ABOUT HOMA PUMP TECHNOLOGY
Headquartered in Ansonia Connecticut, we have been serving the North American wastewater industry quickly and reliably for 35 years through our network of competent and locally committed factory trained distributors and service centers. Our 40,000 sq. ft. engineering & test center, workshop, and warehouse facility is fully equipped to help design, build, deliver, and service all your wastewater handling needs. Our dedicated and competent staff provides full support; from applications and product selection, to the initial purchase and installation of your equipment, planned maintenance, spare parts sales, replacements and upgrades. For more complex projects and custom product solutions, our German Manufacturing and Technology Center’s electrical, mechanical and hydraulic experts are standing by to assist and innovate.
Downtime is a dirty word, so we specialize in fast deliveries from our over $10M pump and spare parts inventory. 5-7 days is standard for submersible pumps up to 120 HP, with same day delivery possible for emergencies. Retrofit with HOMA, or let us support you with an engineered new installation. HOMA builds submersibles that work. Simple. Reliable. Efficient.
- Submersible motors from 1 HP to 500 HP
- FM Class 1, Division 1, Groups C&D
- Jacketed Motors from 2.8HP for Wet or Dry pit installation
- Submersible Wastewater pumps with channel impellers up to 8“ solid size
- Heads to 275' tdh, flows to 20,000 gpm
- Submersible Axial flow propeller pumps
- 5,000 to 35,000 gpm
- Full range of submersible Grinder pumps to 15HP
- Standard CI material is ASTM A48 Class 40B
- Submersible Stainless Steel Pumps
- Submersible mixers
- Non-proprietary abrasion resistant silicon-carbide seals
- Complete line of adapter brackets for direct replacement of other pump brands.
In this episode of Water Talk, Angela Godwin sits down with Nick Terranova from Homa Pump Technology to talk about decreasing lifecycle costs by focusing on lifecycle efficiency.
Operating high, and to the left of the performance curve requires a pump designed to handle that sort of application.
In this episode of Water Talk, Nick Terranova from HOMA Pump Technology discusses how the water industry has changed, and how it will continue to change in the coming years.
This article explores some of the best practices to ensure overall station reliability, i.e., “total station efficiency,” in order to keep operating costs and downtime at a minimum.
Jim Torony, President of HOMA Pump Technology, recently sat down with the Water Online editorial team to talk about all things HOMA, their pump technology and shared his thoughts on the water industry as a whole.
When selecting a submersible pump model, the question may arise of what type of impeller is best for the application. We will examine the pros and cons of these styles, as well as common materials of construction.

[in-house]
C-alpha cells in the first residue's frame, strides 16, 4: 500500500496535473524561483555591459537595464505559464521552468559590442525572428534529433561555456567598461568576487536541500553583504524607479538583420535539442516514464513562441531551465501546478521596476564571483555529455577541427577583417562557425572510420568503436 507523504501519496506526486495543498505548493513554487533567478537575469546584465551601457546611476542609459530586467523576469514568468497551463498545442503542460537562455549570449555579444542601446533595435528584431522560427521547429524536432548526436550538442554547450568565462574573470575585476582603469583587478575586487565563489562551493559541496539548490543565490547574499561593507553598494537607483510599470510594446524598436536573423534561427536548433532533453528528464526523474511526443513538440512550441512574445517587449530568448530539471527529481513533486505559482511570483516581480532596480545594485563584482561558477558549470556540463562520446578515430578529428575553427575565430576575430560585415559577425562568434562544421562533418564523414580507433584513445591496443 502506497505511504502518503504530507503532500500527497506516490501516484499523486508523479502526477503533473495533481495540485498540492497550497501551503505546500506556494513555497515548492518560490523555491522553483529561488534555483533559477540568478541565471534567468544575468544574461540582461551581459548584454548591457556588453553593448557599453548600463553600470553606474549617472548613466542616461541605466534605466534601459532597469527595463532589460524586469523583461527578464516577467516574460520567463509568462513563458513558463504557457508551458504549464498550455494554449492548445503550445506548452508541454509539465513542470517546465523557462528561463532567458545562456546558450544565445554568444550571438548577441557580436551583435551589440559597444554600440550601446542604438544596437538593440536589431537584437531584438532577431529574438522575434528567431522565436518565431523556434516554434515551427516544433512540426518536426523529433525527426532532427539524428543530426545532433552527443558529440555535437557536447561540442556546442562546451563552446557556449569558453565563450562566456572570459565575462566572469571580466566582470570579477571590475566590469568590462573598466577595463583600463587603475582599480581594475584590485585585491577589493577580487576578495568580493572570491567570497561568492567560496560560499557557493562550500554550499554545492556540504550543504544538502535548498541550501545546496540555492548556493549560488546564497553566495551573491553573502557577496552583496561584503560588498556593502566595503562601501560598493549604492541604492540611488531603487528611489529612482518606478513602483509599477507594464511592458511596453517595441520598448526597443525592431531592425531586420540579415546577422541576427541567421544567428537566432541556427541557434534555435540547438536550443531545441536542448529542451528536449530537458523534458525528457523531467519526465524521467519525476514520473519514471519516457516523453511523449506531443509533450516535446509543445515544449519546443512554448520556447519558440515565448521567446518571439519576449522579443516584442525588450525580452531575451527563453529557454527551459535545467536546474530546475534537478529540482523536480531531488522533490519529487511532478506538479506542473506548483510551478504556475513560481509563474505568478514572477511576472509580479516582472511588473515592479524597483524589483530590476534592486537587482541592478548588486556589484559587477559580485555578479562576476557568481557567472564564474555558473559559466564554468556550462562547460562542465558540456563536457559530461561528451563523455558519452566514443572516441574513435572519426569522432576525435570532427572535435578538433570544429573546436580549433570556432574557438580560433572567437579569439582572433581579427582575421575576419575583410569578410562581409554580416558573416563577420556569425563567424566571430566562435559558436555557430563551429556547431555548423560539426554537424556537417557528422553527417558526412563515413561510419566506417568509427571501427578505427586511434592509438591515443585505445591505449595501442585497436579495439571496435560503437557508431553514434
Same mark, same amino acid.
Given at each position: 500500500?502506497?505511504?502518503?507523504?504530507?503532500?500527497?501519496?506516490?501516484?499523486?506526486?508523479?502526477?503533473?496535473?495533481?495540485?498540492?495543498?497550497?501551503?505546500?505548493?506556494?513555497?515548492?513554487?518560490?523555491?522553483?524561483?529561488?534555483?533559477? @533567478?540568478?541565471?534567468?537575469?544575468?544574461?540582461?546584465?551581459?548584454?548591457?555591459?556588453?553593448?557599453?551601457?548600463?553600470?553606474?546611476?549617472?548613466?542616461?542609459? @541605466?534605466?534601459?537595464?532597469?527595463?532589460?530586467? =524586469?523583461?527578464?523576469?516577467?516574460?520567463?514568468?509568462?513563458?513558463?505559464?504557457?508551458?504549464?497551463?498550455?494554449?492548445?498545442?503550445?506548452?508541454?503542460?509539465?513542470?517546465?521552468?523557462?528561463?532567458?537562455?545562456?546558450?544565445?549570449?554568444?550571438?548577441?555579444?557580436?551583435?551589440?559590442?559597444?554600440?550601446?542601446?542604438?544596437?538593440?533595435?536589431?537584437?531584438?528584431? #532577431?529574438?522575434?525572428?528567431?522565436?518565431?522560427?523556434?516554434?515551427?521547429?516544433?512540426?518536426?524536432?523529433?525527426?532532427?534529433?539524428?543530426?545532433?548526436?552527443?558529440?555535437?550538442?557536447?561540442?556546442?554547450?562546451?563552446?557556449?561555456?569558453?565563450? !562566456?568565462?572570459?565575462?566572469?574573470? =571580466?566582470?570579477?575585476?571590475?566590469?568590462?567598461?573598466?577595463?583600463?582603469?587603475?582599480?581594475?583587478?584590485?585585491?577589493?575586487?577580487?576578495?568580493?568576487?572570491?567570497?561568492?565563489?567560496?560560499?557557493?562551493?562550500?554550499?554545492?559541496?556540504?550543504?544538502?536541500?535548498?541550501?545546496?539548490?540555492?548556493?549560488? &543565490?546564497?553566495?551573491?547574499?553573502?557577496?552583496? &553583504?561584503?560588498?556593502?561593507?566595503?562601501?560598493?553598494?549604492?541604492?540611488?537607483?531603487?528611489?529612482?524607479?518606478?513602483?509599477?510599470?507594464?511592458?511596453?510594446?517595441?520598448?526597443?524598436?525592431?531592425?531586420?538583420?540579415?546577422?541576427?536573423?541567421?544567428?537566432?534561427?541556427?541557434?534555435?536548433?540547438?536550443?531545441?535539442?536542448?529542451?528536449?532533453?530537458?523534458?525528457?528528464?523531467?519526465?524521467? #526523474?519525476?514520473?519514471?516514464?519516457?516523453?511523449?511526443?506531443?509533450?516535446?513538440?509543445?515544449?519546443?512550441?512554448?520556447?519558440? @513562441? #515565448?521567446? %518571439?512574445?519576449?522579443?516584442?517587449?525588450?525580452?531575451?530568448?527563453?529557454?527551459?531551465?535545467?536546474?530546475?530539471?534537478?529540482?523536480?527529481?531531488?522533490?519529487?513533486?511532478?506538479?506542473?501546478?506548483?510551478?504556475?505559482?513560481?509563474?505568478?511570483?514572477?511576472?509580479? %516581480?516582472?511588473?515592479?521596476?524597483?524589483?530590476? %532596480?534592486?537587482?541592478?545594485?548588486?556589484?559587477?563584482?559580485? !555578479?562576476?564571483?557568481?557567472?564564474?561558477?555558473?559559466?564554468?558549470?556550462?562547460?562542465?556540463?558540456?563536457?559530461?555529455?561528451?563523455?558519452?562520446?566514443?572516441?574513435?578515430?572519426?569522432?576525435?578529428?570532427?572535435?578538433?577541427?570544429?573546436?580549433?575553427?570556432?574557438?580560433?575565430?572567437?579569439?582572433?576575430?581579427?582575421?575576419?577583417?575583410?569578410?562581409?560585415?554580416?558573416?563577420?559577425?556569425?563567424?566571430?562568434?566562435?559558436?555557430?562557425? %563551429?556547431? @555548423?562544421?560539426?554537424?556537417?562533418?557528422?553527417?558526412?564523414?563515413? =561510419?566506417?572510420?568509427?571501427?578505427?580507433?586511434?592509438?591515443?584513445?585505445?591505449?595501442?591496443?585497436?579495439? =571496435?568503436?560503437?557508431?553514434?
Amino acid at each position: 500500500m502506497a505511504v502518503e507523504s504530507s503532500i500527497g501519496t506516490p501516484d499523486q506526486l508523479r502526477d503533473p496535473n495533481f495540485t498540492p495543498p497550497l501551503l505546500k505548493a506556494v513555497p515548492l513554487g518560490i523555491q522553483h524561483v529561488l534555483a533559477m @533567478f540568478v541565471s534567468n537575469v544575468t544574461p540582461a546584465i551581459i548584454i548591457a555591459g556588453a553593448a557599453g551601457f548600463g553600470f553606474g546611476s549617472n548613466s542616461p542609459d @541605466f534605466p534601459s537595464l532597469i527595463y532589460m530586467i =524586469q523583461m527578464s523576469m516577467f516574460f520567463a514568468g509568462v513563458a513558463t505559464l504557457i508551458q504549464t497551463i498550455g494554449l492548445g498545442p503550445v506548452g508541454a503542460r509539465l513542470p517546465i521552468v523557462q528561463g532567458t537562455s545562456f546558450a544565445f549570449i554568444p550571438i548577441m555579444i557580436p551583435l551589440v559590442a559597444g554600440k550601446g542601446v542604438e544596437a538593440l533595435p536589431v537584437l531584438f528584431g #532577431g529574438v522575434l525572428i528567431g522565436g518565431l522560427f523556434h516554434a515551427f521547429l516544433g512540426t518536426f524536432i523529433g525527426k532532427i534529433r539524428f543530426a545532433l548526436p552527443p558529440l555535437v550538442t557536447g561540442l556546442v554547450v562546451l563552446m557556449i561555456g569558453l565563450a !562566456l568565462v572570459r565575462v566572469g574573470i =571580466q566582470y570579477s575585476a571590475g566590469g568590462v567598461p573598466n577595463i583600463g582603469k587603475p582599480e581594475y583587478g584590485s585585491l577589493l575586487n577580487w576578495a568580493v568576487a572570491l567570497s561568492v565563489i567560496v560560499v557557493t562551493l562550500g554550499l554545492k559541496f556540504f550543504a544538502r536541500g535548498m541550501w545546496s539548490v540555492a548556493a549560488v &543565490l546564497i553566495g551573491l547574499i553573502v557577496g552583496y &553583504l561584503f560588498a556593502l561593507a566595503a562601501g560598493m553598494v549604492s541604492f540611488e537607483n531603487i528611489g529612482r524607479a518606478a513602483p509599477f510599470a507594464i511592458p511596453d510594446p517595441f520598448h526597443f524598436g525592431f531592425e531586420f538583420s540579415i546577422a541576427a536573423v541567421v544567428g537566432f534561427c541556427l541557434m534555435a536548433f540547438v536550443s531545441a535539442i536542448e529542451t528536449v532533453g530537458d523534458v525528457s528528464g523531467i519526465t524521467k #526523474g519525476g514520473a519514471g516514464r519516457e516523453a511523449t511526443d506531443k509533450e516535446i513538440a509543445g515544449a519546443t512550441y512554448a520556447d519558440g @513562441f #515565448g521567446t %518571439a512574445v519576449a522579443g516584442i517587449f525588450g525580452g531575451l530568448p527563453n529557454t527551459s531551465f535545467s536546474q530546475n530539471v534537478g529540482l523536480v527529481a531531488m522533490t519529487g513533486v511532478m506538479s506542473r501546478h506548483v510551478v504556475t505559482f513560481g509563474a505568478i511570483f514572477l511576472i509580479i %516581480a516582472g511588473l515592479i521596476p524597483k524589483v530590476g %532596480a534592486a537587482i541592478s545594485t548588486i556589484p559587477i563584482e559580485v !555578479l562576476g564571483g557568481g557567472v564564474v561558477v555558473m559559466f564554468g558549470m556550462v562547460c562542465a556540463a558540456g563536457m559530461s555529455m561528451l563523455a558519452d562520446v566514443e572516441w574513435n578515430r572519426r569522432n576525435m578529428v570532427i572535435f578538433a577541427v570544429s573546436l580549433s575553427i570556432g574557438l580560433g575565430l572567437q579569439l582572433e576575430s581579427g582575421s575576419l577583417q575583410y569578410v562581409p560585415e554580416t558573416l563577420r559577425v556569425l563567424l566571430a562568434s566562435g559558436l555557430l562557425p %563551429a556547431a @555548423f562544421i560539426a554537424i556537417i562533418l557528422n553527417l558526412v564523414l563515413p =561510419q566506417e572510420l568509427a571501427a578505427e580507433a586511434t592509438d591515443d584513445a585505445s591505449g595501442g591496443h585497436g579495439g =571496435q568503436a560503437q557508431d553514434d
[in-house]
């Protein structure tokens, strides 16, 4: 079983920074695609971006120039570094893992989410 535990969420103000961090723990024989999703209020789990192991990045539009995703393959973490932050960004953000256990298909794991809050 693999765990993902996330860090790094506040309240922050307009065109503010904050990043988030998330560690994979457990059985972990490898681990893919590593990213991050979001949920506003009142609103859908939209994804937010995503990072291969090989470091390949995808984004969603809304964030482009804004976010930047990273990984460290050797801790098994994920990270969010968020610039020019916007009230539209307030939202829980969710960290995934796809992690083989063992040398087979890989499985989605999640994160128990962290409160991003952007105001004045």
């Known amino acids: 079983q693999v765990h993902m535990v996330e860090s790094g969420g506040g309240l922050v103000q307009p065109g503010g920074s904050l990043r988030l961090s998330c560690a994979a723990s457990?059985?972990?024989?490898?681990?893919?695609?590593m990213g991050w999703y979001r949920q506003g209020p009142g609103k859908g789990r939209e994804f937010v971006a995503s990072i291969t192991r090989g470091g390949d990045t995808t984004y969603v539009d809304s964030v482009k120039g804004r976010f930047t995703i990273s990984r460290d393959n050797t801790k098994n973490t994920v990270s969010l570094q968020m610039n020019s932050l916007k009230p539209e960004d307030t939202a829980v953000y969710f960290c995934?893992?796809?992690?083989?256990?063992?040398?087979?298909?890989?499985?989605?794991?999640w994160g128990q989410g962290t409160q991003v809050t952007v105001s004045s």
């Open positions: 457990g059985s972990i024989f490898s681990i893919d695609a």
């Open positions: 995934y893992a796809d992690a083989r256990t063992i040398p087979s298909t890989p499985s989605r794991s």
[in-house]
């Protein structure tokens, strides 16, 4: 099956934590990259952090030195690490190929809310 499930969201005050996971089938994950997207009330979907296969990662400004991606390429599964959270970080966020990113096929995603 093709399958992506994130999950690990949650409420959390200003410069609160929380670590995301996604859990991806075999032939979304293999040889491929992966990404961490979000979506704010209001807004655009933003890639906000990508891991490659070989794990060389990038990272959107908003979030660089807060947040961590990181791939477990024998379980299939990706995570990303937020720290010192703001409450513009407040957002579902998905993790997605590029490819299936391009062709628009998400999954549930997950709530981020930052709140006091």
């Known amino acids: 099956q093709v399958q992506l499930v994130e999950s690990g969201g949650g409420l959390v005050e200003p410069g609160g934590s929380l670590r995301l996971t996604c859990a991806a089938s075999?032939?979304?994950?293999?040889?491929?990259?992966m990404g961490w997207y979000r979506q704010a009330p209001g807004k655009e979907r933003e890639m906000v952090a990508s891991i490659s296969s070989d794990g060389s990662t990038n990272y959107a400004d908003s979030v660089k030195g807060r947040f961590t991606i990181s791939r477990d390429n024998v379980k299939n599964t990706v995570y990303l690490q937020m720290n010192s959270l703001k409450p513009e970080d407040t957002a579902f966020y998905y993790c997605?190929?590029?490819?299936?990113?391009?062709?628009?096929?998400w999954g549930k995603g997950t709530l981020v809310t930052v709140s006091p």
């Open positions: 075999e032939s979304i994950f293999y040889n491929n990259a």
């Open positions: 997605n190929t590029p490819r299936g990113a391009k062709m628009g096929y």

An overheating pump motor can be a worrying issue for operators and engineers alike, but like many pump issues, it is usually a symptom that can be traced to a problem in the system. These common causes of motor overheating are good places to begin.
Emmons Metro asked HOMA to provide a solution to a critical station at a facility that handles wastewater from produce and associated packaging for a large supermarket chain in the Northeast.
Variable speed pumping using a variable frequency drive (VFD) can be a powerful tool in a pump system. Incorrect application can do more harm than good. Here’s how.
Utilities, consulting engineers, and OEMs concerned about protecting low-horsepower pumps against overheating in ‘dry-pit’ (non-submerged pump) applications appreciate new designs that can negate historic problems prone to cause excessive pump maintenance or premature replacement. While all submersible pumps rely primarily on the pumped fluid for cooling, certain designs can better tolerate today’s debris-laden wastewater to keep processes flowing without costly workarounds. Here’s how.
In addition to all the challenges of responding to the biological demands of wastewater treatment, packaged wastewater treatment plants — aka, package plants — also face physical and financial demands related to size and efficiency. Here are several factors that can help utilities, design engineers, and package plant OEMs reduce cooling concerns and maintenance costs when using low-hp pumps (<10 hp) in open air applications.
Every pump retrofit installation faces different challenges. That is why looking beyond specified flow rates alone can pay dividends many times over in correcting historical problems and improving operational efficiency.
A common misconception when a pump goes down in wastewater applications is that the pump is always the source of the problem. The reality is that many — if not most — failures occur because of the system’s impact on the pump or because of other external environmental/operational factors.
Pump clogs cause sanitary sewer overflows (SSOs) and backed up lift stations that damage the environment. They also put the public health at risk and lead to regulatory fines for the utility.
Wastewater lift stations collect every type of debris. From wipes to t-shirts, from rocks to boards, some strange materials end up in the wet well. Unfortunately, some of these items don’t make it through the pump. Many operators have spent Super Bowl Sunday pulling a clogged pump to remove stringy rag balls or other debris. And in severe cases, sanitary sewer overflows result in regulatory fines.
Reliable operation and energy efficiency are both of paramount importance in wastewater pumping. Reliable clog free operation has always been the strength of HOMA heavy duty wastewater pumps - but we have now combined the next generation higher performance wet ends with our new IE3 premium efficiency motor to create the “EffTec Solution”, the latest HOMA innovation. Watch the video to learn more.